with changing alliances, until Tikal defeated, in order, Dos Pilas, Caracol with the help of Yaxha and El Naranjo (Maya site), then Waka (El Perú, Guatemala), Calakmul's last Allie and finally Calakmul itself, and event that took place in 732 CE, with the Sacrifice of Yuknom Cheen's son in Tikal, that led to the construction of monumental architecture in Tikal, from 740 to 810 CE, being the last date documented here 899 CE. The ruin of the Classic Maya

with changing alliances, until Tikal defeated, in order, Dos Pilas, Caracol with the help of Yaxha and El Naranjo (Maya site), then Waka (El Perú, Guatemala), Calakmul's last Allie and finally Calakmul itself, and event that took place in 732 CE, with the Sacrifice of Yuknom Cheen's son in Tikal, that led to the construction of monumental architecture in Tikal, from 740 to 810 CE, being the last date documented here 899 CE. The ruin of the Classic Maya


classic period

the department (Departments of Guatemala) of Petén (Petén Department), Guatemala. It dates to the Late Classic Period (Mesoamerican chronology), being founded by an offshoot of the dynasty of the great city of Tikal in AD 629 in order to control trade routes (Trade in Maya civilization) in the Petexbatún region, particularly the Pasión River. Salisbury, Koumenalis & Barbara Moffett 2002. In AD 648 Dos&

on the sites of Tamarindito and Arroyo de Piedra. B'alaj Chan K'awiil founded Dos Pilas within the territory of this pre-existing kingdom and the new city quickly came to dominate the region. Founding and consolidation The interactions between Classic Period Maya city-states is deeply linked to the long-running power struggle between the two Maya "superpowers", Tikal and Calakmul, and the history of Dos Pilas

civilization in the northern lowlands, begun at La Passion states such as Dos Pilas, Aguateca, Ceibal (Seibal) and Cancuen ca 760 CE, followed by the Usumacinta system cities of Yaxchilan, Piedras Negras (Piedras Negras (Maya site)), and Palenque, following a south to north path. Toward the end of the late Classic period, the Maya stopped recording the years using the Long Count calendar, and many of their cities were burned and abandoned to the jungle. Meanwhile


running+power

on the sites of Tamarindito and Arroyo de Piedra. B'alaj Chan K'awiil founded Dos Pilas within the territory of this pre-existing kingdom and the new city quickly came to dominate the region. Founding and consolidation The interactions between Classic Period Maya city-states is deeply linked to the long-running power struggle between the two Maya "superpowers", Tikal and Calakmul, and the history of Dos Pilas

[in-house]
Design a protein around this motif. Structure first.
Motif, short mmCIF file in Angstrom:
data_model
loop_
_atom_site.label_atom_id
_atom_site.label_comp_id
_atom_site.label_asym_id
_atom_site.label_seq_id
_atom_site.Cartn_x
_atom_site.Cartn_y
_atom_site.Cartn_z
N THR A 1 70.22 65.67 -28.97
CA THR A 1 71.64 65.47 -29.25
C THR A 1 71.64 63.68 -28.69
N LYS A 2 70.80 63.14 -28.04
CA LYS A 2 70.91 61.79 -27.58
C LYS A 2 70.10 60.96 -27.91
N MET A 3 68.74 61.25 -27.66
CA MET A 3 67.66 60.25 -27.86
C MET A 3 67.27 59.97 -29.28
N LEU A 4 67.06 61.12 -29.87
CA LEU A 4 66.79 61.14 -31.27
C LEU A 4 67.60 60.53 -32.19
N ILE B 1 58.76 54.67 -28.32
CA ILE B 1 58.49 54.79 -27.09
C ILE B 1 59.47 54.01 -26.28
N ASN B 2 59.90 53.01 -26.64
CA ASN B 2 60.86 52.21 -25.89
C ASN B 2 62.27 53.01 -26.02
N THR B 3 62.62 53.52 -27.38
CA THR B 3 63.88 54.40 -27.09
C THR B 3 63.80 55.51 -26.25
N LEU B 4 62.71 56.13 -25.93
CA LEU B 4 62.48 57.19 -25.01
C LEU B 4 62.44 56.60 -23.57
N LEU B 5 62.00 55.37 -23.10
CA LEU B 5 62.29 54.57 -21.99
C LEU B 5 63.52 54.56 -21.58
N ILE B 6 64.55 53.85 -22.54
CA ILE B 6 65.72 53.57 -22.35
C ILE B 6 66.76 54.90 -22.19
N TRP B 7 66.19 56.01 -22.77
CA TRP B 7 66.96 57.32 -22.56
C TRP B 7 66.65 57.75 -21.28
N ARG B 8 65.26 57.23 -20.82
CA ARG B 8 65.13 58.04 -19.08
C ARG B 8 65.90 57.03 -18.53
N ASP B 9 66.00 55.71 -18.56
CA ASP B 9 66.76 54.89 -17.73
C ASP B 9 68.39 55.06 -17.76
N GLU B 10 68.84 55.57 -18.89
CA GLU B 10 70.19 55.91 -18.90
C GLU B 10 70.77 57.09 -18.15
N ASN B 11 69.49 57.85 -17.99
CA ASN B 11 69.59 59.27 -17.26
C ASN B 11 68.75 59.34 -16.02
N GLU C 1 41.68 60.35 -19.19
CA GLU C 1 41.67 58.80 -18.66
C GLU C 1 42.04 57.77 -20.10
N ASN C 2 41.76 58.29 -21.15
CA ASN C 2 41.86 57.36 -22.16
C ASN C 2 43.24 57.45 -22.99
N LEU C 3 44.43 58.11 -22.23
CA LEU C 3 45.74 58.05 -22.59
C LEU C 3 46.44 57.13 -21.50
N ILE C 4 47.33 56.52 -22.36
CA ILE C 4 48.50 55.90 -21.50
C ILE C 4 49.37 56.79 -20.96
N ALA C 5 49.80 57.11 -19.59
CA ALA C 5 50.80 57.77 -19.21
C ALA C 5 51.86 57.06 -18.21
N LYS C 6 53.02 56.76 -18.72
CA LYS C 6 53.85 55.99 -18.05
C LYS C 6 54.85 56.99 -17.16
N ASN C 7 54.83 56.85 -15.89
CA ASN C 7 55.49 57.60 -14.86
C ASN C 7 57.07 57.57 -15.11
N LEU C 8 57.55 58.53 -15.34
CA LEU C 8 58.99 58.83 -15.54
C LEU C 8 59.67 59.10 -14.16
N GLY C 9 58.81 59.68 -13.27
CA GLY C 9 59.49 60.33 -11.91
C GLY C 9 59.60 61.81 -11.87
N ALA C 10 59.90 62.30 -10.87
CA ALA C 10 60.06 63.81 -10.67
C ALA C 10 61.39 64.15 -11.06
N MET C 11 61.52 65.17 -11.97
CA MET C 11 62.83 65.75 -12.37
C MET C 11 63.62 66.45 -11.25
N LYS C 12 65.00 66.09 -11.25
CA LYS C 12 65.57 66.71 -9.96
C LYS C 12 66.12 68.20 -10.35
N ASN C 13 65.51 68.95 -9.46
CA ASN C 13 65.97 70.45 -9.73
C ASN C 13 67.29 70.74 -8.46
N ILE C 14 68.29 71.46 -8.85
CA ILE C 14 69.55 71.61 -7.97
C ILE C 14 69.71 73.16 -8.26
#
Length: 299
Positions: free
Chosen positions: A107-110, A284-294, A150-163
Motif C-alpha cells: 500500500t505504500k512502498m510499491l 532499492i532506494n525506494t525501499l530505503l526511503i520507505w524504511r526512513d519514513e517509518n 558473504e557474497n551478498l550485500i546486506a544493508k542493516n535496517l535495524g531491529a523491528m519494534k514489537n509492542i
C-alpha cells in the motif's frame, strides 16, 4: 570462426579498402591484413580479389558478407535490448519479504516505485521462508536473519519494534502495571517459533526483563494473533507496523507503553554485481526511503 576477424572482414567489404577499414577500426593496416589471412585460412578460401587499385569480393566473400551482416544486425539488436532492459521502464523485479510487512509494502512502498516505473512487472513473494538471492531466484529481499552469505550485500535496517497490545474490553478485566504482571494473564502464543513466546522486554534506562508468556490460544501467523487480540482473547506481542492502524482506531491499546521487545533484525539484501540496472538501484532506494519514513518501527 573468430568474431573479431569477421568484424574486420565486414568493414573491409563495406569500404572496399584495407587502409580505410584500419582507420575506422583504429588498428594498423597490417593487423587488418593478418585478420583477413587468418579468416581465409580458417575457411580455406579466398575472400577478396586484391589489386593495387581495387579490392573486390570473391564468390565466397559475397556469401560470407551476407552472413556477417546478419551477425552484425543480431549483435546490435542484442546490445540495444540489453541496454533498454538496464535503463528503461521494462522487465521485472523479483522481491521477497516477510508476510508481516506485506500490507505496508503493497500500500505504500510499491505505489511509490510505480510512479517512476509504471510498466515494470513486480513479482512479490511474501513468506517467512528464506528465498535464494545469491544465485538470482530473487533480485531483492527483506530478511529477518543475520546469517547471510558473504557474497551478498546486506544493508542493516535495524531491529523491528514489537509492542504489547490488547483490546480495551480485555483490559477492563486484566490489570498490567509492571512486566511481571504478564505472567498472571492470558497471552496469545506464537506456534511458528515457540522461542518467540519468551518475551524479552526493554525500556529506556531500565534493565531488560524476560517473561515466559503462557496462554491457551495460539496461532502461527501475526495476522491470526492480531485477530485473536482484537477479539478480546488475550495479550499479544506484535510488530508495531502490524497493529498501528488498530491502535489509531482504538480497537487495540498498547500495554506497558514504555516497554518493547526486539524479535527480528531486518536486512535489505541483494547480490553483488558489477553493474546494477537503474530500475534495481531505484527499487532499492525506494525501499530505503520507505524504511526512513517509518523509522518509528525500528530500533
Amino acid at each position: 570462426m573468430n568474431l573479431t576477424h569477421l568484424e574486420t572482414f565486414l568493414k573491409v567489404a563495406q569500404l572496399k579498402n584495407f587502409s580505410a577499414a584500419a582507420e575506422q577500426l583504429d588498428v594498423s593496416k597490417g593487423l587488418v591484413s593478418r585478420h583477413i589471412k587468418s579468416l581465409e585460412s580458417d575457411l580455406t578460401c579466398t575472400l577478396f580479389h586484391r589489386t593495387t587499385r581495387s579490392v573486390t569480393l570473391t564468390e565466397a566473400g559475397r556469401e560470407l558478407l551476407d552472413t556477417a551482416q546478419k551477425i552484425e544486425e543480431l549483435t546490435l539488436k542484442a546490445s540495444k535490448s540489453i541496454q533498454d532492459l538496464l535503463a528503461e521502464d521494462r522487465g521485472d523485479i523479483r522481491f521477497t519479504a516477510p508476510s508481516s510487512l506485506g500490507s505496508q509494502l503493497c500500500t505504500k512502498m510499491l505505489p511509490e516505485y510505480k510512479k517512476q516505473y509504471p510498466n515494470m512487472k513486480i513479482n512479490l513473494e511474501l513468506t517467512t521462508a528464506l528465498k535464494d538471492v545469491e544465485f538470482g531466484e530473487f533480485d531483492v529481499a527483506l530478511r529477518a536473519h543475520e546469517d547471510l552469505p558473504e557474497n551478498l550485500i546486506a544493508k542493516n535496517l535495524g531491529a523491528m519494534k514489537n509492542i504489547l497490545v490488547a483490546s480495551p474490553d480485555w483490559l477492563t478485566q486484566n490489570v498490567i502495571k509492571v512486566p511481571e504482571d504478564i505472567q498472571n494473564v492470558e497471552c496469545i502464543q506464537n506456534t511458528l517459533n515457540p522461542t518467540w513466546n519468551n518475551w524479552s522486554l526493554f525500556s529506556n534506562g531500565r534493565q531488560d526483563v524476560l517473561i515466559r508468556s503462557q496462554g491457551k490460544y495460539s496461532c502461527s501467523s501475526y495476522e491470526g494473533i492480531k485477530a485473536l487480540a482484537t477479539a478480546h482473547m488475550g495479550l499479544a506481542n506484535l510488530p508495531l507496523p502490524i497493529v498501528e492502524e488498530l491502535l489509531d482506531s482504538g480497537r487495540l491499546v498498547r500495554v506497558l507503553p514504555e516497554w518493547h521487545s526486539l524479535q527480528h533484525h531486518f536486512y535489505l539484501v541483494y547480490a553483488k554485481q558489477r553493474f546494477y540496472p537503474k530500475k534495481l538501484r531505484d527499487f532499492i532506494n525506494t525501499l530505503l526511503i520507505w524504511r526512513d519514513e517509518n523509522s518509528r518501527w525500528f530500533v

art research

Maya publisher University of Texas Press location Austin isbn 0-292-73855-2 oclc 25507968 :

Dos Pilas

--- thumb right 350px The Central Plaza of Dos Pilas. (File:Dos Pilas 1.jpg) native_name Dos Pilas common_name Dos Pilas continent North America region Central America country Guatemala era Late Classic status City government_type Monarchy year_start 629 year_end 761 event_end Site abandoned year_exile_start 672 year_exile_end 677 event1 Conquered by Calakmul date_event1 648 event2 Subjugated Seibal date_event2 735 capital Dos Pilas latd 16 latm 26.75 latNS N longd 90 longm 17.75 longEW W leader1 B'alaj Chan K'awiil leader2 Itzamnaaj K'awiil leader3 Ucha'an K'in B'alam leader4 K'awiil Chan K'inich year_leader1 648–692 year_leader2 698–726 year_leader3 727–741 year_leader4 741–761 '''Dos Pilas''' is a Pre-Columbian site of the Maya civilization located in what is now the department (Departments of Guatemala) of Petén (Petén Department), Guatemala. It dates to the Late Classic Period (Mesoamerican chronology), being founded by an offshoot of the dynasty of the great city of Tikal in AD 629 in order to control trade routes (Trade in Maya civilization) in the Petexbatún region, particularly the Pasión River. Salisbury, Koumenalis & Barbara Moffett 2002. In AD 648 Dos Pilas broke away from Tikal and became a vassal state of Calakmul, although the first two kings of Dos Pilas continued to use the same emblem glyph (Maya script#Emblem glyphs) that Tikal did. Webster 2002, p. 263. It was a predator state from the beginning, conquering Itzan, Arroyo de Piedra and Tamarindito. Dos Pilas and a nearby city, Aguateca, eventually became the twin capitals of a single ruling dynasty. The kingdom as a whole has been named as the Petexbatun Kingdom, after Lake Petexbatún, a body of water draining into the Pasión River.

Dos Pilas gives an important glimpse into the great rivalries and political strife that characterised the Late Classic. Much of the history of Dos Pilas can now be reconstructed, with a level of detail which is almost unparalleled in the Maya area. Martin & Grube 2000, p. 55.

On June 12, 1970, the site was declared a National Monument according to Article 1210 of the Guatemalan Ministry of Education.